On August 12, 2014, MinnPost published a story by Rod Meador that asks straight up a question My Minnesota has been raising in various forms for the past several weeks: "Mine-waste release in B.C. raises question: Would better regulators oversee Minnesota mines?" The point we've been making, however, isn't limited to Minnesota's mining issues. We also have a number of limitations in our water resources management and pollution control systems, several of which overlap with our mining regulations.
We're fortunate to have the benefit of an analysis, dated 2012, of sulfide mining regulations in the Great Lakes Region. It was prepared for the National Wildlife Federation, and helps us identify where our mining system regulatory structure could use some help. Minnesota gets a rating of "fair" across the board.
From the report's Executive Summary:
"B. MINNESOTAAs a recovering planner, I know that "Trend is not Destiny." I also know that the laws of inertia and momentum usually require our intervention if a trend is to be redirected or modified. I'm not aware of any material change in the way Minnesota is approaching it's management of a new form of mining with a reportedly more significant level of environmental risk than that associated with mining iron ore. I know I'm not the only living Minnesotan that recalls how long and hard an effort it was to curtail Reserve Mining's pollution.
From the linked MinnPost article by Peter Schilling Jr.:
"In a perhaps quixotic effort to save mining jobs and stop the pollution, Lord wanted both sides to work out some sort of negotiated settlement, but this failed miserably. He even called the chairman of the company, C. William Verity, to the stand, asking him in essence to stop dumping. Not only did Verity refuse, but instead he read a statement stating Reserve’s waste wasn’t dangerous, that it would bear no responsibility, and it would build a land dump provided the government pay for it. This only served to further inflame Lord, who, in April 1974, ordered the plant shut down.It's been forty years since Lord's 1974 decision. Minnesota has improved some of its environmental regulations, but our regulatory system is still has some notable holes, at least according to the NWI report. Here are what I find to be the most troublesome deficiencies in a system rated basically "fair." (The table below is taken from page 40 of the report.)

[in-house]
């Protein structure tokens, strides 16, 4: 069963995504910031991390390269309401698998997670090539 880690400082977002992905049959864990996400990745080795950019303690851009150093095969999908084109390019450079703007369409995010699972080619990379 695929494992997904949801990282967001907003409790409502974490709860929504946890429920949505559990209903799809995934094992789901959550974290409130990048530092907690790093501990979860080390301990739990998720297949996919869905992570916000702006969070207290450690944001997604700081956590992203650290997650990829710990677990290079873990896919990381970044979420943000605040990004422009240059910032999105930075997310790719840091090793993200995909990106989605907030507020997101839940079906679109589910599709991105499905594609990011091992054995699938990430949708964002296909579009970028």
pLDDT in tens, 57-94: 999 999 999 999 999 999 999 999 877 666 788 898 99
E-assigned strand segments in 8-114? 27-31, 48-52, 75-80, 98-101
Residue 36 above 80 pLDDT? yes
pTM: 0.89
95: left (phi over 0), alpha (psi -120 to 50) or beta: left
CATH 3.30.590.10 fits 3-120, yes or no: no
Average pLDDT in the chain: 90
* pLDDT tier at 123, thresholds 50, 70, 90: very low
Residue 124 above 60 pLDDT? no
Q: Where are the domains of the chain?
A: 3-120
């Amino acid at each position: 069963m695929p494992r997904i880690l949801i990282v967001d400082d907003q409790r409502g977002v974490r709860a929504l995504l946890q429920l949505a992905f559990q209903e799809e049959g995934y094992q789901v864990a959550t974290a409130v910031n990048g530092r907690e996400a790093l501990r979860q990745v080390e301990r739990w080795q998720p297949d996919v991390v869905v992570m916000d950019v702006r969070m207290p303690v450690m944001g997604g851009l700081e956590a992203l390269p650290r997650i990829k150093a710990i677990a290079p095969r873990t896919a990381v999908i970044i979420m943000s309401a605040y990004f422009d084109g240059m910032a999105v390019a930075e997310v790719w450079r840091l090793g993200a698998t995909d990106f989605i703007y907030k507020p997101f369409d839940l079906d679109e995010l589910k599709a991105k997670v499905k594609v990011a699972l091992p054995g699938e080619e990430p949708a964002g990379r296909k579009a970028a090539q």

"The plant was closed temporarily, but a federal appeals court allowed Reserve to reopen the mine and to continue dumping in the lake until it could find an alternative method. In 1980, Reserve began to deposit waste on an inland pond, a practice that continues with the companies that mine taconite to this day."
If I think carefully about it, I wonder if the financial assurance in item # 9 is going to be as effective as Minnesota may need, in light of all the "NOs" and "SOMEs" in the table. I'd much prefer a holistic financial assurance requirement, wouldn't you? The report also notes that "However, the program could be improved by increasing specificity in certain areas and by promoting environmental protection as the essential element in permitting decisions. As they stand, the regulations give significant leeway to DNR to make decisions in any number of ways, which may or may not be most protective of the environment."
Since one of the major issues associated with mining in Minnesota and elsewhere has been the need to protect the environment while providing for mining jobs (see Reserve above), I certainly would like to see those improvements called out by the report made to Minnesota's system, wouldn't you? Do you suppose anyone in DNR is working on these issues, or are they all responding to our comments on the SDEIS? Do we want to go through something like this for every proposed new mine, or do we come up with a better system? Haven't we learned our lessons from the Reserve Mining battle?
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